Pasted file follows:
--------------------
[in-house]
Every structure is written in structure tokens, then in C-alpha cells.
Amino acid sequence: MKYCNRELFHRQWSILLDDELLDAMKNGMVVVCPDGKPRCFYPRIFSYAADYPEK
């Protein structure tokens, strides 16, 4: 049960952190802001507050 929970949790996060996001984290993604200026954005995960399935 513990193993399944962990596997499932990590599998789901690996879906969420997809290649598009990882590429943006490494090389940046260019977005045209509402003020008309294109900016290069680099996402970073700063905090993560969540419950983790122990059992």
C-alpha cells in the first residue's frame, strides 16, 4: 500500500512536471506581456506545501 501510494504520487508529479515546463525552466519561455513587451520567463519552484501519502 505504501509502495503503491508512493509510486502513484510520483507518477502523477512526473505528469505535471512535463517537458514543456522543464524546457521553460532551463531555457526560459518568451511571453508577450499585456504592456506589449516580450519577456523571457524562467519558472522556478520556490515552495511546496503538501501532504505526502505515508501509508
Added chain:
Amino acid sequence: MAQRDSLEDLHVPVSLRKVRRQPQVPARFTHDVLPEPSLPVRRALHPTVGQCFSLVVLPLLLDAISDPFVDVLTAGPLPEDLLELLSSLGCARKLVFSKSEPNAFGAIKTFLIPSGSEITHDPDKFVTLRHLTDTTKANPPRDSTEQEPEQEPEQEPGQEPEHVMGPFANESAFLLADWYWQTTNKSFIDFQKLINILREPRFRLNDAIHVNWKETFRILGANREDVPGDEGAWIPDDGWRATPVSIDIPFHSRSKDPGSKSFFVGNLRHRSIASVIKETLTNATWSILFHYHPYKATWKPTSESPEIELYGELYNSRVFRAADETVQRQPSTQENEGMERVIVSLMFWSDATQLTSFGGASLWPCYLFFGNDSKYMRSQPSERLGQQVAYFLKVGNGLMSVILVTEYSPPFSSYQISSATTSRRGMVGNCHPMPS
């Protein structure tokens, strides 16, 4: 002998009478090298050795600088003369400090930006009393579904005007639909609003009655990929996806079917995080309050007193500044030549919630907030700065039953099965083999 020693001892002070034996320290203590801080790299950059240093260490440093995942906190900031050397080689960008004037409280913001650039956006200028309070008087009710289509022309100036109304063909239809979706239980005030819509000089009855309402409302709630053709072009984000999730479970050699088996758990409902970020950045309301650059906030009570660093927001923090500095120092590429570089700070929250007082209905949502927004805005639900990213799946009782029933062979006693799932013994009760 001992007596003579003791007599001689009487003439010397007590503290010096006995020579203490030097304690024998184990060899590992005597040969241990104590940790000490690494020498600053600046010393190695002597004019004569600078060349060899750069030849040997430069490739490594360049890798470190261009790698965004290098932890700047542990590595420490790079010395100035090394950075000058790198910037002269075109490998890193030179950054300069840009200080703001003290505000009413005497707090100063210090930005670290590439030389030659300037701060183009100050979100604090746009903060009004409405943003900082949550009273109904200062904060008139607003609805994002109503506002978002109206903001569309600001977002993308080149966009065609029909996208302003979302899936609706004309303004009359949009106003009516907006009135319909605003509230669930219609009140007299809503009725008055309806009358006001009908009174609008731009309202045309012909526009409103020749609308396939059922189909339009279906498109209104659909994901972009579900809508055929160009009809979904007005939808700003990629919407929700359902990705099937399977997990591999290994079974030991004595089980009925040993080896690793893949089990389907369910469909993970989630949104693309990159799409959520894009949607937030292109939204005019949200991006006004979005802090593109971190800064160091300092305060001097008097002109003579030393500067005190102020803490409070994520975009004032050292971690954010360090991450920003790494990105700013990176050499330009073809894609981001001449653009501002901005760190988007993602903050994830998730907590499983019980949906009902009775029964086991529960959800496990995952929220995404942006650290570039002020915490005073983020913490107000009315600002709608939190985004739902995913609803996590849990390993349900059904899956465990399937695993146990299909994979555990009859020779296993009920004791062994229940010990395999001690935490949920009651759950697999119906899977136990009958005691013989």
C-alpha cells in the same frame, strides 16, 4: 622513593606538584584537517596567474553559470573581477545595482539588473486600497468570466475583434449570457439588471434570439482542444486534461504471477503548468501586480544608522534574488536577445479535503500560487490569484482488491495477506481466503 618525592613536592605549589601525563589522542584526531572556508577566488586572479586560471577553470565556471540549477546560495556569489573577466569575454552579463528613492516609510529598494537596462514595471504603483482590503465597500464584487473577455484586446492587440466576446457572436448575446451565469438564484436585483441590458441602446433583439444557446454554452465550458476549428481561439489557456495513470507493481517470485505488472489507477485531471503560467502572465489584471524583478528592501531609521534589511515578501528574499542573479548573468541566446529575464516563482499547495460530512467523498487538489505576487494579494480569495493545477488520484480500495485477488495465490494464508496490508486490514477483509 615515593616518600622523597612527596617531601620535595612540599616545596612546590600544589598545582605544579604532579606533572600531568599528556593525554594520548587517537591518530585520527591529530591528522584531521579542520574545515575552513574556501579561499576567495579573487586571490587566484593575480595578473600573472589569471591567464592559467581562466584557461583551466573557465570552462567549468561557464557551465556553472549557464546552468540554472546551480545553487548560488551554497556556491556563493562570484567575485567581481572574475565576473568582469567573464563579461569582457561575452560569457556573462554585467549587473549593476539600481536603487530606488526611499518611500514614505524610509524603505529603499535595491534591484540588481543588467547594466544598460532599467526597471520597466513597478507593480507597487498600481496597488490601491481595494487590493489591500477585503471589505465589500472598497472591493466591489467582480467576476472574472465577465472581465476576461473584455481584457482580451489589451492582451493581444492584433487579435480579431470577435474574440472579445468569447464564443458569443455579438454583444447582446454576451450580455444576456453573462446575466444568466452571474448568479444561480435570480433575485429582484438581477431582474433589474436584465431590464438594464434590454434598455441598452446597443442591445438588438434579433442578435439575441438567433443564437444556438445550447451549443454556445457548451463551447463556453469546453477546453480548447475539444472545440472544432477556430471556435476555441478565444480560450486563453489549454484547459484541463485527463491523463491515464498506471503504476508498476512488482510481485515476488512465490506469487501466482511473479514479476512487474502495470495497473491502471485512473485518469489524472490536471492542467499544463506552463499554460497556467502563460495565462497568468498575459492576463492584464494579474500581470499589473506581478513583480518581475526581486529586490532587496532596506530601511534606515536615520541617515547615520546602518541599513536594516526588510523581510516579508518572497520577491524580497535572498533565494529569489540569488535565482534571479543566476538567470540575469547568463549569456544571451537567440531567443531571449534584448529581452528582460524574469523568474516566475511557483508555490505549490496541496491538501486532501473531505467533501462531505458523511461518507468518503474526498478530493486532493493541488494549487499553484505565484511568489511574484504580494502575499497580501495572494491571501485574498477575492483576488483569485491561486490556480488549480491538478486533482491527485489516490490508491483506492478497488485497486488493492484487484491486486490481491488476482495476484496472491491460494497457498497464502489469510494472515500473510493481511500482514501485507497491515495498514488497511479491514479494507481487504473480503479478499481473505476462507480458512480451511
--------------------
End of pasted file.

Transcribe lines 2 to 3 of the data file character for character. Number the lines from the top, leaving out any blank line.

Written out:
Every structure is written in structure tokens, then in C-alpha cells.
Amino acid sequence: MKYCNRELFHRQWSILLDDELLDAMKNGMVVVCPDGKPRCFYPRIFSYAADYPEK